Thursday, July 10, 2014

London Museum Explores Jewish Contribution In First World War

The world's oldest Holocaust library launches a temporary exhibition looking at German-Jews in WWI

The Wiener Library, the world's oldest library devoted to the study of the Holocaust, launches a temporary exhibition on 24th June 2014 that runs until 8th October and will examine the contribution of Jewish soldiers to the German Army in the First World War. The exhibition is part of London's commemorations for the centenary of the 1914-1918 war.

The Wiener Library is Britain's largest specialist collection of material on the Holocaust and genocide, with an archive going back 80 years. It was founded by Dr Alfred Wiener, a German-Jewish who himself fought for the German Army in the First World War. The library is located in the West End of London close to numerous museums and galleries. For more information on the library see here.

Around 100,000 German Jews donned military uniform and approximately 12,000 died fighting for the German Army between 1914 and 1918. For many Jews the experience of the First World War was defined by a profound sense of commitment to Germany. The Jewish soldiers whose stories are told in the exhibition through the display of striking photographs, postcards, prints and books had remarkable experiences, performing surgery in Gallipoli, working with casualty dogs in the Ardennes, and setting up book stores on the Eastern Front.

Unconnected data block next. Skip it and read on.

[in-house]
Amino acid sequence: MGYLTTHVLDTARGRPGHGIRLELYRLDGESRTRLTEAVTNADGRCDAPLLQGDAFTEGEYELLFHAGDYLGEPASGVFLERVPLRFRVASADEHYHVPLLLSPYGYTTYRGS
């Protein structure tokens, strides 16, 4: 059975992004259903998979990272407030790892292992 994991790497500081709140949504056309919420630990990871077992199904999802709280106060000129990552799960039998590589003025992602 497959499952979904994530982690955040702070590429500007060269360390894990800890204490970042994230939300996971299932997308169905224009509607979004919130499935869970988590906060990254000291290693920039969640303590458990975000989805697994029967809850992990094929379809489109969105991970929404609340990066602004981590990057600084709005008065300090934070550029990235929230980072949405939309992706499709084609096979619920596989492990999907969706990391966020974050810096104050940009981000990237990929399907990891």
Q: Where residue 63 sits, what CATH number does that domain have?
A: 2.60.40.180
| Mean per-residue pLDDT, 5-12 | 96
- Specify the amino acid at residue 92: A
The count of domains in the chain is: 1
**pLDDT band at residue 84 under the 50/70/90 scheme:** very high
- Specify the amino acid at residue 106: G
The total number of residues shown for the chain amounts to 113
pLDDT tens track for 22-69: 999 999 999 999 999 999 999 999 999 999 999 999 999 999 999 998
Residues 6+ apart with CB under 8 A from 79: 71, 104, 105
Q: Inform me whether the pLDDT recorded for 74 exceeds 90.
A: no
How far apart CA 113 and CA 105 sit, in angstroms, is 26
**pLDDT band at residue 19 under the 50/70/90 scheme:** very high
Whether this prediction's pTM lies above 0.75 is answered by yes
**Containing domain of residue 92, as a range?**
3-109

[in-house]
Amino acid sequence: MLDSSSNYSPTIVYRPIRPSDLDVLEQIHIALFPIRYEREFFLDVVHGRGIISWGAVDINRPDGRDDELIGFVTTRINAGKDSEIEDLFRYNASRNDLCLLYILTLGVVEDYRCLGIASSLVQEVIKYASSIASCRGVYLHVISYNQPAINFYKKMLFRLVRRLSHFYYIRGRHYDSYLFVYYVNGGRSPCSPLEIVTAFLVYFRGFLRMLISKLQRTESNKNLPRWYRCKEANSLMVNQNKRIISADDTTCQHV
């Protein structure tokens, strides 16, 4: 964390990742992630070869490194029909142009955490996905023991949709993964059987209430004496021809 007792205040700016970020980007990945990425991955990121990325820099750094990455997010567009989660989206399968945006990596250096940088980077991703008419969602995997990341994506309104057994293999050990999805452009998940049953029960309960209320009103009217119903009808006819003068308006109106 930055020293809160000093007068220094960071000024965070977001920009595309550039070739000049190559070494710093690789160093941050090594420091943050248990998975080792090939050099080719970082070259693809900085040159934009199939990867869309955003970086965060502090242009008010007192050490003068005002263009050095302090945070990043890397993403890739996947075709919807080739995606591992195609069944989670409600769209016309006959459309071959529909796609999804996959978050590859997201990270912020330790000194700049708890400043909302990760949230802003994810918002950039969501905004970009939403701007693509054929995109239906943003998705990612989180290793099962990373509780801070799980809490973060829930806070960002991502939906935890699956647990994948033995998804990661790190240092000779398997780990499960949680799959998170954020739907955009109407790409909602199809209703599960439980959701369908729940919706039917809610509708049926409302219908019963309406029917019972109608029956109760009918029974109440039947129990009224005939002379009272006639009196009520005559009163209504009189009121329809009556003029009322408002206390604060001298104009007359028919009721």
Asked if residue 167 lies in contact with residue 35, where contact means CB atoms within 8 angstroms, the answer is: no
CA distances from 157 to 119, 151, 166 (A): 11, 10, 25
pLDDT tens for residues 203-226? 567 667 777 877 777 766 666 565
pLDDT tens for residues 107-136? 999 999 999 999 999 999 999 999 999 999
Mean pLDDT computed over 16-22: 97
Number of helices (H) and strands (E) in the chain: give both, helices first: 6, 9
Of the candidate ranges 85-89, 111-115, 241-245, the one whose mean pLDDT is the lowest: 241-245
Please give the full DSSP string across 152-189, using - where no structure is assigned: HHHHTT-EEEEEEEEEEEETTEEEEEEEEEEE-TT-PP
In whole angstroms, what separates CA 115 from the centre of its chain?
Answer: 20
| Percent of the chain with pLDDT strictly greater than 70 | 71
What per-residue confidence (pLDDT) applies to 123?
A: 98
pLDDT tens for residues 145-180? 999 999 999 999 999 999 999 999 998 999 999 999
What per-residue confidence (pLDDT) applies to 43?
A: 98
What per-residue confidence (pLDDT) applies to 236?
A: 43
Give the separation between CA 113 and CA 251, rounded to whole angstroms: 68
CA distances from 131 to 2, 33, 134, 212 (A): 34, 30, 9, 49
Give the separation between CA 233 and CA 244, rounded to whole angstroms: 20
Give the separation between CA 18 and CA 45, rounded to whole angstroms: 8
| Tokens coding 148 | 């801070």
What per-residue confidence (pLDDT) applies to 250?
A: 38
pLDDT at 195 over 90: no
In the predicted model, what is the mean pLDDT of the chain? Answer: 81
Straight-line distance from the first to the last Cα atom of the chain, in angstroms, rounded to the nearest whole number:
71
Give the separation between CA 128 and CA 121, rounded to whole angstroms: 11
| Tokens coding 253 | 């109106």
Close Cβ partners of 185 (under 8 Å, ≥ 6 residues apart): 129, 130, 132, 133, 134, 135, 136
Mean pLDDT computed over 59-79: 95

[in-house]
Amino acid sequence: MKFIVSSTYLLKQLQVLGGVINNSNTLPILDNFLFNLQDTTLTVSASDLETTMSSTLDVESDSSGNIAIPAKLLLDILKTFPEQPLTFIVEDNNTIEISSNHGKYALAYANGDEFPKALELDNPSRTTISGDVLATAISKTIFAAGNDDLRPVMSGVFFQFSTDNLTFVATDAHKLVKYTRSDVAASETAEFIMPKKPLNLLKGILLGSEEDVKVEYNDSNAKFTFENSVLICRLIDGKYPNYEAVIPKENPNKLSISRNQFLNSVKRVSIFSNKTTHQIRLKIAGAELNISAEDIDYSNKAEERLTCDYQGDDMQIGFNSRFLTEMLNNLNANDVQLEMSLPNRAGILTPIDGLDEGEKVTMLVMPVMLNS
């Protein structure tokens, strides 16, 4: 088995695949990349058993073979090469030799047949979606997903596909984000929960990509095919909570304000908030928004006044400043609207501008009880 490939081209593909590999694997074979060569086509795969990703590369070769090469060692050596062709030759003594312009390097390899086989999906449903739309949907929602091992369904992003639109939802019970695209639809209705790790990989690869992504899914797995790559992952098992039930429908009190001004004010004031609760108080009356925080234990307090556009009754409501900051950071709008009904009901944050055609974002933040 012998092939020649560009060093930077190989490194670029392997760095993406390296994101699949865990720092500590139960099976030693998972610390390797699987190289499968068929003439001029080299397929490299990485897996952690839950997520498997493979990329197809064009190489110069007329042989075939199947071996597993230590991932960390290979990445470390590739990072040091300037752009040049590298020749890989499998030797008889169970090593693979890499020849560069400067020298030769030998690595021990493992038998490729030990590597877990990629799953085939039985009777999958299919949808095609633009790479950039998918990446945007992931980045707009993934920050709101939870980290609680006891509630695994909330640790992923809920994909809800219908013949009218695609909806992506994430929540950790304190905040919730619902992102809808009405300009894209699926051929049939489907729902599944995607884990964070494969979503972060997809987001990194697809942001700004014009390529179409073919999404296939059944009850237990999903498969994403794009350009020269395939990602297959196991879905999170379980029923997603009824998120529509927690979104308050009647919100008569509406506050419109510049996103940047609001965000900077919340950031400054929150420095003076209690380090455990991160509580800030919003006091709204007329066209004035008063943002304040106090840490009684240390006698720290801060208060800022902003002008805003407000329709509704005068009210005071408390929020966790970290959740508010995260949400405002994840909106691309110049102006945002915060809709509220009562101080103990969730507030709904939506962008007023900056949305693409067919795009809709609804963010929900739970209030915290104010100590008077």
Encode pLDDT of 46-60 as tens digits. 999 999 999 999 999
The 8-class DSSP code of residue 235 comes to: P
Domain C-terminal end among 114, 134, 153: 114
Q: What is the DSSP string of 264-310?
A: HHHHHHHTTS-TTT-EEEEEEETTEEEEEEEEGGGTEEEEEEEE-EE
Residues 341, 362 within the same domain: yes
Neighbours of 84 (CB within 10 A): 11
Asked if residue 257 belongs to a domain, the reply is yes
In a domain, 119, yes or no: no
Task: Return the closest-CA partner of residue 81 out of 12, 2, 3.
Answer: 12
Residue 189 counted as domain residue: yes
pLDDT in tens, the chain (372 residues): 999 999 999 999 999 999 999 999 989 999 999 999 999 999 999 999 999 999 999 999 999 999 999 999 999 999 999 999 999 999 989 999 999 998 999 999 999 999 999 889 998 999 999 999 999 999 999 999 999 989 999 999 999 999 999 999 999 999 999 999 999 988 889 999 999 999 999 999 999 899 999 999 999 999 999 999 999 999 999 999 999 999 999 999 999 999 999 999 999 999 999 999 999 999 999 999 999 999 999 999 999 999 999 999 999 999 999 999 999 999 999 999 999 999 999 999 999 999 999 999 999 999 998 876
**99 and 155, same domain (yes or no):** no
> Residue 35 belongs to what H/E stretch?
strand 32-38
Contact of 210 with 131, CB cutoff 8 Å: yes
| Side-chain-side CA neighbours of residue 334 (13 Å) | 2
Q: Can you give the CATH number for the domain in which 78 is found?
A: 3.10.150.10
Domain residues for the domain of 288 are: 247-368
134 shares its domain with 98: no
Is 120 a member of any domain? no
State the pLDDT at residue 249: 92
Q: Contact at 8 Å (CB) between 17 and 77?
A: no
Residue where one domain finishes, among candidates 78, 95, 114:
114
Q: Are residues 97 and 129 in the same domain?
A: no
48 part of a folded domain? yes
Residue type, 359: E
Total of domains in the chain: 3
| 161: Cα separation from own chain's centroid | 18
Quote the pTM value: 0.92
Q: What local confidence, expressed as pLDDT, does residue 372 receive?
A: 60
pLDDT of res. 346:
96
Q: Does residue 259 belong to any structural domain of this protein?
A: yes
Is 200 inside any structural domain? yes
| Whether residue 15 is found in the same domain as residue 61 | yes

Dr Toby Simpson, curator of the exhibition, said: "The commitment of German Jews to patriotic ideals during and after the First World War is particularly striking as we look back on this moment in history at a distance of 100 years. The later attempts of the Nazis to distort, and even obliterate the contribution of Jewish soldiers to the First World War make the survival and richness of these collections all the more poignant."

More information about the exhibition is available here.  

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